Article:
Henry VIII’s marital woes and wives are still the talk of gossip over 500 years later. One can only imagine what he would say about that? Even with bawdy talk, the least-discussed wife seems to be #4: Anne of Cleves. Perhaps it is because Henry and Anne had an amicable divorce with her continuing to live happily in England after the fact as Henry’s ‘sister’ making her the lest dramatic of the wives. Possibly, it is because of her personal countenance and demeanor as the opposite of a troublemaker. Whatever it may be; Anne was still cut from a remarkable cloth. Margaret Campbell Barnes focuses on wife #4 in her historical fiction novel, “My Lady of Cleves”. Generally, Barnes has the habitual behavior of beginning her novels rather slowly and not focusing on the main character at hand. Surprisingly, this is not the case with “My Lady of Cleves” as the novel immediately highlights Anne and jumps into the beginning of her marriage to King Henry. This, alongside the fact that “My Lady of Cleves” isn’t as fluffy as the HF novels lining many of today’s shelves (“My Lady of Cleves” was published in 1949); makes for valuable reading. “My Lady of Cleves” is a form of entertainment but still rich with history. That being said, Barnes does take historical liberties with the story with some inaccuracies and with completely contrived plotlines such as the fictional romance between Anne and the court painter of the Tudors, Hans Holbein. Thus, some of the novel is simply “for fun” and not to be taken seriously.The characterization of Anne in “My Lady of Cleves” is quite rich as Barnes gives her various layers and proper growth. Usually, Anne is portrayed very stereotypically and by-the-box with all authors making her seem one-way but Barnes instead gives her new personality traits which are believable and makes her come alive on an entirely different plane. “My Lady of Cleves” is certainly excellent in this way. In fact, Barnes does well with developing all of the character figures in “My Lady of Cleves” and giving them all striking characteristics. This personification and articulate writing gives heightened depth to the story. Typically, Barnes writing style is rife with grammar issues and with her annoyingly beginning sentences with ‘And’ and ‘But’. This is not the case with “My Lady of Cleves”. The writing language is solid, illustrative with the historical period, and written quite well. The grammar issues are still evident but not as abundantly as in the author’s other novels. Noticeably, “My Lady of Cleves” doesn’t follow a standard story arc of ascending to a climax with a true crash and descent (unless you count the focus on Catherine Howard’s downfall). Even without this climb and the novel therefore being more straight-lined; the story is interesting and strong with its pace. Basically, it isn’t boring even with the absence of a true climax.The final quarter of Barnes’s writing takes a large plunge being overly fictionalized, silly, and even nonsensical to the rest of the novel. It is almost as though Barnes came to an impasse and began to take absurd and arbitrary story paths. This has a slight negative impact on “My Lady of Cleves” and dampens the merits of the piece. This artificial turn for the worst bleeds into the finality of “My Lady of Cleves” and therefore makes for a rather weak ending and let-down for the entire novel. Barnes was capable of much better and certainly dropped the ball. “My Lady of Cleves” vehemently stands tall for focusing a story on perhaps the sleepiest of Henry VIII’s wives. Although Barnes writing and story composition are not without flaws (plus there is a blatantly poor ending); “My Lady of Cleves” is still an enjoyable read that is less fluffy than most similar-topic novels. The pages display illustrative nuances that does grab at the reader. “My Lady of Cleves” is overall a strong novel and suggested for lovers of all-things Tudor.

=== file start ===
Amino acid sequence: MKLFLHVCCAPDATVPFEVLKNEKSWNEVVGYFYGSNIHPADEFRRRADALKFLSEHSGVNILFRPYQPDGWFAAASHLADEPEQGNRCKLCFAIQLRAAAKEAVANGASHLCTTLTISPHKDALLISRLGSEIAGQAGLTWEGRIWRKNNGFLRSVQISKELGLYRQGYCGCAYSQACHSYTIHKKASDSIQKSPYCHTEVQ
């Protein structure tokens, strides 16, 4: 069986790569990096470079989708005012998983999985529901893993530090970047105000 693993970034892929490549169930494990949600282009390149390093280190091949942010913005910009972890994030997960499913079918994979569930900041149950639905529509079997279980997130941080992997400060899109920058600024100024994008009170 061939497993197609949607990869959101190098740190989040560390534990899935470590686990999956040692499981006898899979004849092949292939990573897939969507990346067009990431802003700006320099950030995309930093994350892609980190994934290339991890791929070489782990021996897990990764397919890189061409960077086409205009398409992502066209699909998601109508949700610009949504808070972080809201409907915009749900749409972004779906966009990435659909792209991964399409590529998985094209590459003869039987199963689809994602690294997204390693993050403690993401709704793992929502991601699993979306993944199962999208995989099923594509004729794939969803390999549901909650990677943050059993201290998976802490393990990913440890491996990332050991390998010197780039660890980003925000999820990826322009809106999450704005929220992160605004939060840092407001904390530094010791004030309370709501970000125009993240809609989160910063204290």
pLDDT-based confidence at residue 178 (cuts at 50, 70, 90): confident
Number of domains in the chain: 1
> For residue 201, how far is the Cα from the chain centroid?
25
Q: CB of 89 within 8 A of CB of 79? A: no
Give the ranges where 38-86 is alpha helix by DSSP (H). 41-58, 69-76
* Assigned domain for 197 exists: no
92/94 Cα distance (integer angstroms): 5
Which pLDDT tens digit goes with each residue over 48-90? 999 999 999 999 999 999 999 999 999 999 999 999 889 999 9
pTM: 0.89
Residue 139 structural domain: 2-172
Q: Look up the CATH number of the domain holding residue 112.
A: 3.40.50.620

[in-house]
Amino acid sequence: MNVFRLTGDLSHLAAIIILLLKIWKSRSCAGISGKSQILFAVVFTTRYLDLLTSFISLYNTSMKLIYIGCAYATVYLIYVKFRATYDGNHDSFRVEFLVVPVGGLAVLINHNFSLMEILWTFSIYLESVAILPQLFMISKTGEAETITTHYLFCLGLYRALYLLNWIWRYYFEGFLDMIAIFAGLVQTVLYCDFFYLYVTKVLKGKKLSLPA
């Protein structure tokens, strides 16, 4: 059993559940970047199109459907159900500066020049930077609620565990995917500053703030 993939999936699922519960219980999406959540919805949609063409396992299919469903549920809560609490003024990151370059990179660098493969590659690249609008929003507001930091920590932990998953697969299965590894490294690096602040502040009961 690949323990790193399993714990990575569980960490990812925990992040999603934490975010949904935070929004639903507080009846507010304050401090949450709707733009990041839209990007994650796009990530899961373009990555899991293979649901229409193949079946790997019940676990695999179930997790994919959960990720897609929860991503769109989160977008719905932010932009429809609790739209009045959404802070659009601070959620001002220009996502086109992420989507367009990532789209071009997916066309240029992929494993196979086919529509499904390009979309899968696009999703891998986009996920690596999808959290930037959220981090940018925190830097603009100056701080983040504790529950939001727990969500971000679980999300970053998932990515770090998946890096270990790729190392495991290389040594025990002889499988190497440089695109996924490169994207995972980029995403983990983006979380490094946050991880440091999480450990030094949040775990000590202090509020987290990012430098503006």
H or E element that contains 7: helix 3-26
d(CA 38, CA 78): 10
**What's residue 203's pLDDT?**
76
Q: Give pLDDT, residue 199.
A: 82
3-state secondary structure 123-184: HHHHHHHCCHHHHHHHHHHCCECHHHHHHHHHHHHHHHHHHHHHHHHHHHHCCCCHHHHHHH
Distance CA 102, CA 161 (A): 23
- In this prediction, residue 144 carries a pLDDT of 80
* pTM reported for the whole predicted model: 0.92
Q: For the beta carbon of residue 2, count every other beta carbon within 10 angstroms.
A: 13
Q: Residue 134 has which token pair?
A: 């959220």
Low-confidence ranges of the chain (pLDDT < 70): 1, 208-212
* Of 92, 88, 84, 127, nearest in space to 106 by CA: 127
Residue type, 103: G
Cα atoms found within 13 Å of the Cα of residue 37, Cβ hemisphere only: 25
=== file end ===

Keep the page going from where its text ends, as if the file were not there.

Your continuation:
• Maggie